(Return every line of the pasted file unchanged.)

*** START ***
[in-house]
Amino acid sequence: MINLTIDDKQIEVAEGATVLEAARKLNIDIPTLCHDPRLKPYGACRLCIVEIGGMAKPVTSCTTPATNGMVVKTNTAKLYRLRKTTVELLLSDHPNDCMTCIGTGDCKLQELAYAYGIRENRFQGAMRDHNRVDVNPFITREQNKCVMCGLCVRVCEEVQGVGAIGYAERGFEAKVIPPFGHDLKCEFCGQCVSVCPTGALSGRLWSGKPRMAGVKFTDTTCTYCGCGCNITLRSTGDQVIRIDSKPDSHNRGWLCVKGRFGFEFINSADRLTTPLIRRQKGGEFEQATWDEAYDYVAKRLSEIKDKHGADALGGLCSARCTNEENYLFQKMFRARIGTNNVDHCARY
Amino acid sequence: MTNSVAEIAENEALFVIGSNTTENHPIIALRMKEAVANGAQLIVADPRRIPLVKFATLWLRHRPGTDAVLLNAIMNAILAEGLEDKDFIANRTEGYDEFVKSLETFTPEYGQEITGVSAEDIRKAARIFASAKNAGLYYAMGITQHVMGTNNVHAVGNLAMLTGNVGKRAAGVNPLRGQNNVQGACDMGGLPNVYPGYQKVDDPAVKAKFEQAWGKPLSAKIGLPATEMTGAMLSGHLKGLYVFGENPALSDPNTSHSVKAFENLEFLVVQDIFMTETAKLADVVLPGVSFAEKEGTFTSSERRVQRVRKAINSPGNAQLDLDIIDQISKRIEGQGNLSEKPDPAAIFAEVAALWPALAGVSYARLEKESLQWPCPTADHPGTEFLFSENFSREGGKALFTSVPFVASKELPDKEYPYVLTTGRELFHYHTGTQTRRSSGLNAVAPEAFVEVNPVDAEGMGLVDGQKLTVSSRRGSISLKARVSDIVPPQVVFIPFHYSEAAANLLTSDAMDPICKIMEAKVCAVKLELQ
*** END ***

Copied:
[in-house]
Amino acid sequence: MINLTIDDKQIEVAEGATVLEAARKLNIDIPTLCHDPRLKPYGACRLCIVEIGGMAKPVTSCTTPATNGMVVKTNTAKLYRLRKTTVELLLSDHPNDCMTCIGTGDCKLQELAYAYGIRENRFQGAMRDHNRVDVNPFITREQNKCVMCGLCVRVCEEVQGVGAIGYAERGFEAKVIPPFGHDLKCEFCGQCVSVCPTGALSGRLWSGKPRMAGVKFTDTTCTYCGCGCNITLRSTGDQVIRIDSKPDSHNRGWLCVKGRFGFEFINSADRLTTPLIRRQKGGEFEQATWDEAYDYVAKRLSEIKDKHGADALGGLCSARCTNEENYLFQKMFRARIGTNNVDHCARY
Amino acid sequence: MTNSVAEIAENEALFVIGSNTTENHPIIALRMKEAVANGAQLIVADPRRIPLVKFATLWLRHRPGTDAVLLNAIMNAILAEGLEDKDFIANRTEGYDEFVKSLETFTPEYGQEITGVSAEDIRKAARIFASAKNAGLYYAMGITQHVMGTNNVHAVGNLAMLTGNVGKRAAGVNPLRGQNNVQGACDMGGLPNVYPGYQKVDDPAVKAKFEQAWGKPLSAKIGLPATEMTGAMLSGHLKGLYVFGENPALSDPNTSHSVKAFENLEFLVVQDIFMTETAKLADVVLPGVSFAEKEGTFTSSERRVQRVRKAINSPGNAQLDLDIIDQISKRIEGQGNLSEKPDPAAIFAEVAALWPALAGVSYARLEKESLQWPCPTADHPGTEFLFSENFSREGGKALFTSVPFVASKELPDKEYPYVLTTGRELFHYHTGTQTRRSSGLNAVAPEAFVEVNPVDAEGMGLVDGQKLTVSSRRGSISLKARVSDIVPPQVVFIPFHYSEAAANLLTSDAMDPICKIMEAKVCAVKLELQ